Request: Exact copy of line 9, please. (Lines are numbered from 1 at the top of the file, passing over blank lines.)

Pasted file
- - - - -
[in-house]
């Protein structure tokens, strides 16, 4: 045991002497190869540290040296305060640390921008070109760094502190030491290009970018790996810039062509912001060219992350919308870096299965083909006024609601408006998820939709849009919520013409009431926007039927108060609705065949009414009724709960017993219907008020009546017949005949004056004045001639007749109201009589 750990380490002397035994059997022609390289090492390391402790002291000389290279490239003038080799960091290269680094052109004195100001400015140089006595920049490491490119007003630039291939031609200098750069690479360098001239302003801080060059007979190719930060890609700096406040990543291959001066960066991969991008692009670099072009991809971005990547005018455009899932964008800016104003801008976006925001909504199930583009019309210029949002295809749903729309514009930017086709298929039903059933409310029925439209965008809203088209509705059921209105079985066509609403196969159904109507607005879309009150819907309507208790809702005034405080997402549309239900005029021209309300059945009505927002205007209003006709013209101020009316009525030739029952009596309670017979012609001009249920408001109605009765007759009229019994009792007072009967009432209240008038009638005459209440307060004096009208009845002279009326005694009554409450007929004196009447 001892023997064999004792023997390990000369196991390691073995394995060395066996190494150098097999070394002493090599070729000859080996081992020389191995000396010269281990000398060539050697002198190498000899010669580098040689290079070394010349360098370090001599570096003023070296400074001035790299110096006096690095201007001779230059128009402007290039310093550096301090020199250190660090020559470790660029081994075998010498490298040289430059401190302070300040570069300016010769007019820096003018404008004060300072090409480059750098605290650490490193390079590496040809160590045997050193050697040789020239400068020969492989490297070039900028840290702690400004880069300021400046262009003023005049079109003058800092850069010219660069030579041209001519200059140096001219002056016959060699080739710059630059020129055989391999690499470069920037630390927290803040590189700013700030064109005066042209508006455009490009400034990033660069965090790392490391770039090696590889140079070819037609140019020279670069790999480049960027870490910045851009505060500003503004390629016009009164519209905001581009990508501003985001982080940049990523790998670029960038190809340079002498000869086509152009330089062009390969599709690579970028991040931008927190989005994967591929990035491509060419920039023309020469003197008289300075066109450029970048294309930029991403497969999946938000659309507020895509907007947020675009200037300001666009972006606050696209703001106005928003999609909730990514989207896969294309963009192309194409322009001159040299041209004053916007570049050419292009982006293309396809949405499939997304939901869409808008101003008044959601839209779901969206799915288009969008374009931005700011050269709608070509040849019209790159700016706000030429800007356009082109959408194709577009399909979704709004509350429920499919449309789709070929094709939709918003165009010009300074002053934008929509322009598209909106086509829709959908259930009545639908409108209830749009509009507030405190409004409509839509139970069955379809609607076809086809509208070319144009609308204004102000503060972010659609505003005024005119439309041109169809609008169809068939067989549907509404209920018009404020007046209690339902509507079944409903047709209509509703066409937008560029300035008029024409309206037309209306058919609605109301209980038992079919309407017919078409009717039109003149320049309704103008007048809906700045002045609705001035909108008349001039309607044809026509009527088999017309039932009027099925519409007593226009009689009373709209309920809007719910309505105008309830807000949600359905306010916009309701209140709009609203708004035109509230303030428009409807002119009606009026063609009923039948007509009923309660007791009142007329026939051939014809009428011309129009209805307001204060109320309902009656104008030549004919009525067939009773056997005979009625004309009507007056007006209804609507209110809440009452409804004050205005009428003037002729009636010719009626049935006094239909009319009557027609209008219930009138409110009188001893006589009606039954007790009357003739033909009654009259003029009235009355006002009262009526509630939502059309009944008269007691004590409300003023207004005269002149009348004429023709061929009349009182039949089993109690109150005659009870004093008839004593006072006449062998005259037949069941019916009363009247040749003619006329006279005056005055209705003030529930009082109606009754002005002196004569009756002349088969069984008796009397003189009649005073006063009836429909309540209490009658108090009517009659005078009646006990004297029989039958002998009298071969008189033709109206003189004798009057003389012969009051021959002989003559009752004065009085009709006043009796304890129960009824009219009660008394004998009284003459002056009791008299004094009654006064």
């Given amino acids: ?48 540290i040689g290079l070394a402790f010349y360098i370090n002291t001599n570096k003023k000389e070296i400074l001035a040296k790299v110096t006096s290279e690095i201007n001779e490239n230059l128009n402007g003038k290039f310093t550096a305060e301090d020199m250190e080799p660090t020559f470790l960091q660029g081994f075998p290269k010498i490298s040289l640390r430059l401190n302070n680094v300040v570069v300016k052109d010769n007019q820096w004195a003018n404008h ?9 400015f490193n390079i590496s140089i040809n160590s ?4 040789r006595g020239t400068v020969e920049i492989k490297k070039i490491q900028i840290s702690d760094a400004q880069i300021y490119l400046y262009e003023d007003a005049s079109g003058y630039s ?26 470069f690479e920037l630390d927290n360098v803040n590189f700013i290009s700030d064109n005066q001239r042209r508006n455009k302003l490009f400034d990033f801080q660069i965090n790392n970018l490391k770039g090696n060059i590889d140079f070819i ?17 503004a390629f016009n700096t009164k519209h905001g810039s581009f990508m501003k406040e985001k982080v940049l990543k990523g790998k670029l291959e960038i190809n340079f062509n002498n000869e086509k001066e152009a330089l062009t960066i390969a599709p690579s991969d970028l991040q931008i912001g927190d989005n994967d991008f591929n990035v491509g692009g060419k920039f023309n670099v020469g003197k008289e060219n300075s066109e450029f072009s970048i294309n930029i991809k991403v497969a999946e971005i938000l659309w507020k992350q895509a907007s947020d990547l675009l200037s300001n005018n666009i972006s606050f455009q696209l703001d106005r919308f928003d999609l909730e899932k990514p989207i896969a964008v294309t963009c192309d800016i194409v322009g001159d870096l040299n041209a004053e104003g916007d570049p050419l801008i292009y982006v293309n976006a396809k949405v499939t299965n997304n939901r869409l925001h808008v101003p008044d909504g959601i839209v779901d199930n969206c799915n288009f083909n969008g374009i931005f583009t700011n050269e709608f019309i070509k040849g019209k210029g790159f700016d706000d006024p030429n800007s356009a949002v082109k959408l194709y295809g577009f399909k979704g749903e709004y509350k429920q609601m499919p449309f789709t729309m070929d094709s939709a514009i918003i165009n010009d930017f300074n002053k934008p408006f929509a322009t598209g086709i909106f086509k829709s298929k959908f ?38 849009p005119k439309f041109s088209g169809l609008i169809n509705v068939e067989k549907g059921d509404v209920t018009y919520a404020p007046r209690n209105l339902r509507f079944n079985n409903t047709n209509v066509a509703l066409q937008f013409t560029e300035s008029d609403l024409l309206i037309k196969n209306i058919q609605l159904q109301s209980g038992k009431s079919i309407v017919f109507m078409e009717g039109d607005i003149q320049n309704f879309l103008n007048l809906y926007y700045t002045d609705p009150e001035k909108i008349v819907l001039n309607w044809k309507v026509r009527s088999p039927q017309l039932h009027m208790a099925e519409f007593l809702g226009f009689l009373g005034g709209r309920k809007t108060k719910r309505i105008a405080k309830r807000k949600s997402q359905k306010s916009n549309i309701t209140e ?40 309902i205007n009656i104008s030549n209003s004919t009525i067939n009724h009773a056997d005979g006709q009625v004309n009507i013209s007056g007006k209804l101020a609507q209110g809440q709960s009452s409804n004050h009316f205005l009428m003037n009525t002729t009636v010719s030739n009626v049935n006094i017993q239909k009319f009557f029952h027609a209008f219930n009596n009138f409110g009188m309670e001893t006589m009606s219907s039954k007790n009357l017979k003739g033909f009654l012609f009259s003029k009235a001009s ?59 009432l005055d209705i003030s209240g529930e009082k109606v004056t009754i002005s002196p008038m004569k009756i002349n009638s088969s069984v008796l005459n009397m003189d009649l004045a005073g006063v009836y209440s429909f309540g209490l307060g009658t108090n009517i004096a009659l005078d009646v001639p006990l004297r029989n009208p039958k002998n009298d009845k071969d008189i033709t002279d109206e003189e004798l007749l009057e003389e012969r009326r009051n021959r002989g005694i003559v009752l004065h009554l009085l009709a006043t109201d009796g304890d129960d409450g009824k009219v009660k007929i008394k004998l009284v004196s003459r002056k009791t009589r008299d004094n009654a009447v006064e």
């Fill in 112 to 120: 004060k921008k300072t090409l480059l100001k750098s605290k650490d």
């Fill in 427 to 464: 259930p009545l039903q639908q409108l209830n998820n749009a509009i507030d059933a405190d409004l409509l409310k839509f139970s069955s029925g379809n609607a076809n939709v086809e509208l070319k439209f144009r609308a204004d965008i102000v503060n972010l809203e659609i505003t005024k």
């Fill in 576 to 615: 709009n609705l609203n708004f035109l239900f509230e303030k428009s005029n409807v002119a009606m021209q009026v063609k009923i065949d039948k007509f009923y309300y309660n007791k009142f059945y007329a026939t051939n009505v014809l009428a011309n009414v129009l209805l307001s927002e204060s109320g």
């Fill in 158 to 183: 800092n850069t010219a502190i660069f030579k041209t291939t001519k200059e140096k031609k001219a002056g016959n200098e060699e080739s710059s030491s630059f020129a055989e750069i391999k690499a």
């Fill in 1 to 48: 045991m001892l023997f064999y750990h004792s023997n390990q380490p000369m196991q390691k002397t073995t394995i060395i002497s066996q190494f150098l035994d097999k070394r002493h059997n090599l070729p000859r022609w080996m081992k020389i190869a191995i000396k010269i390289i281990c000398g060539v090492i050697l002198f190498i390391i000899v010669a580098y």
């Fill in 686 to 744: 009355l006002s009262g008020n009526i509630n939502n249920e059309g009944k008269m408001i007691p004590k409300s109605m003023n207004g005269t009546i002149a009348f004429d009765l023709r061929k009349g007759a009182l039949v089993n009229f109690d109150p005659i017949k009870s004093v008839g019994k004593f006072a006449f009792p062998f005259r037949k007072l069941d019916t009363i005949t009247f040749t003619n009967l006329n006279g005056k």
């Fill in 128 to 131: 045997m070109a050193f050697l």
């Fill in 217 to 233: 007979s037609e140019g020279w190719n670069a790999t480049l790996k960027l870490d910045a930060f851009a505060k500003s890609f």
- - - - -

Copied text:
């Fill in 686 to 744: 009355l006002s009262g008020n009526i509630n939502n249920e059309g009944k008269m408001i007691p004590k409300s109605m003023n207004g005269t009546i002149a009348f004429d009765l023709r061929k009349g007759a009182l039949v089993n009229f109690d109150p005659i017949k009870s004093v008839g019994k004593f006072a006449f009792p062998f005259r037949k007072l069941d019916t009363i005949t009247f040749t003619n009967l006329n006279g005056k």